Study finds that women are more likely to be struggling with everyday tasks as they age, compared to men

Women are more likely than men to have difficulty with both regular daily tasks and mobility issues as they age, as per new analysis of longitudinal cohort studies led by researchers at UCL and the National Institute of Health and Medical Research (INSERM) in France.

Researchers say that the socioeconomic gap between males and females has been shrinking, and the disparities in the ability to perform everyday tasks has been steadily decreasing.

The The Lancet Healthy Longevity international study examines gender variations in daily activities and mobility limitations. The study was published in . Four large longitudinal studies covering 14 countries* provided the information.

Overall, the study found that women were more likely than men to be restricted in their ‘functional capacity’ (both tasks and mobility) as they age. After age 75, women were also more likely to have three or more mobility issues (e.g. lifting groceries, climbing stairs, reaching/extending arms, and other difficult everyday tasks like cooking cleaning, cooking etc. managing money, using the phone, taking medication, or making meals) in comparison to men who were more likely to have just one or two. At the age of 85, for example the proportion of people with three or more mobility issues was 10% greater in women than males.

The study of more than 60,000 people who were born between 1895-1960 offers new insights into the functional limitations and gender differences.

We found that women are less likely to be able to perform everyday tasks at 70 than men, and mobility activities after 50 were more restricted for women.

“This observation is significant because mobility limitations can cause more severe limitations. Aiming at these gaps in middle-age could be one way of reducing differences in sex between older ages.”

Mikaela Bloomberg Lead Author, PhD Candidate at UCL Epidemiology and Public Health

The authors explore how social and economic factors that have shaped the past like education and entry into the labor force, may partly explain the differences. A lack of education and domestic or unpaid work are particularly vulnerable to health dangers that could lead to disability.

“It appears that gender inequalities in the ability to carry out everyday tasks at a later years are diminishing over time. This could be explained by the fact that women have greater access to education and are more likely to join the paid labour force in recent times,” said Bloomberg.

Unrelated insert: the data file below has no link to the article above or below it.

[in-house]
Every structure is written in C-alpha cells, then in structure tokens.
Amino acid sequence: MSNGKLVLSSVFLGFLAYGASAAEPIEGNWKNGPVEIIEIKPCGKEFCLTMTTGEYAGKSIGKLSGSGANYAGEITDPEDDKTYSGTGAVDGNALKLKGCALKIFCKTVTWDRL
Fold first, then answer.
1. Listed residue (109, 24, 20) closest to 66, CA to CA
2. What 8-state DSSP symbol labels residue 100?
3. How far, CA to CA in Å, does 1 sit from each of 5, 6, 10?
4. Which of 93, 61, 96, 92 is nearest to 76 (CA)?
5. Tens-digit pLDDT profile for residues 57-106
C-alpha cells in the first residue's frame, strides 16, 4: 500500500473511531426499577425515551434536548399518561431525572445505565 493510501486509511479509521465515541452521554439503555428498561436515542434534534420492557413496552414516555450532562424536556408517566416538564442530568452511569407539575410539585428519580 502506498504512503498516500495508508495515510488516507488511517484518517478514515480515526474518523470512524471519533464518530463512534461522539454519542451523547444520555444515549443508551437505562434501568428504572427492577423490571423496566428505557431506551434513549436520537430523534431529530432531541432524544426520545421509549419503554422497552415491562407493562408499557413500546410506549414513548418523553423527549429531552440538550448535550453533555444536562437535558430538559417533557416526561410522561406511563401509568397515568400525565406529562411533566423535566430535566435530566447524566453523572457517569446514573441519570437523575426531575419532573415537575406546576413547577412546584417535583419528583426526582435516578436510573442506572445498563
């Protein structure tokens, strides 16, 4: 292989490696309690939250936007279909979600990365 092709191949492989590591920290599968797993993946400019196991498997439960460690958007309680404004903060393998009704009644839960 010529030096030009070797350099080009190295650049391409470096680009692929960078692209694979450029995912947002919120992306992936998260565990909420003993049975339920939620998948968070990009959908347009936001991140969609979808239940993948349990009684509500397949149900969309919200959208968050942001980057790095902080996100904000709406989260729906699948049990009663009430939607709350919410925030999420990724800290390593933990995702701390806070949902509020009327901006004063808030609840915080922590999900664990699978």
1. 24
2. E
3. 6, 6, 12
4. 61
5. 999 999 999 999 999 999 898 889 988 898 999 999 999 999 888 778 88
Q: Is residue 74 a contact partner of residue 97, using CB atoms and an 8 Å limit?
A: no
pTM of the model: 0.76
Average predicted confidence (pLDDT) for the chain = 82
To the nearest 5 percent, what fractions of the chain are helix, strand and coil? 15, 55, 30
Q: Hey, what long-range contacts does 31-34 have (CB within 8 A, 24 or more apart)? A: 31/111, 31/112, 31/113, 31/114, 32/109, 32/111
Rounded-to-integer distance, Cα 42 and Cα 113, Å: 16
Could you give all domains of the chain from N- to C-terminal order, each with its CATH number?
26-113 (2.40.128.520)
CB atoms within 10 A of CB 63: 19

“While socioeconomic inequalities are associated with less differences when performing basic daily tasks, we didn’t observe the same reductions in mobility after taking into account socioeconomic factors. This might be partly due to gender differences in body composition like body mass and skeletal muscle index, but more research is needed to identify other factors.”

The authors state that the findings are significant for policy makers who want to narrow the gap in inequality, while emphasizing the importance of gender equality in education and employment for health outcomes in old age. However, they identified some weaknesses in the data including lack of clinical data on chronic conditions.

Dr. Severine Sabia, co-author (UCL Epidemiology and Public Health, and INSERM), said “Developing specific prevention strategies to ensure independent living and quality life for older adults requires an understanding of the causes behind sex differences and functional limitations.

“Our study shows that improvements in women’s socioeconomic status could play an important role in reducing these gender differences. Findings also highlight the importance of early prevention to combat gender differences in mobility which could lead to sex disabilities at a later years.”

The National Institute on Aging, UK National Institute for Health Research and the European Commission provided funding for the study.

Journal reference:

Bloomberg, M., et al. (2021) Sex differences in functional limitations and the role of socioeconomic factors: a multi-cohort study. The Lancet Healthy Longevity.

Content Source:

Gemma Wilson

Gemma is a journalism graduate with keen interest in covering business news – specifically startups. She has as a keen eye for technologies and has predicted quite a few successful startups over the last couple of years.

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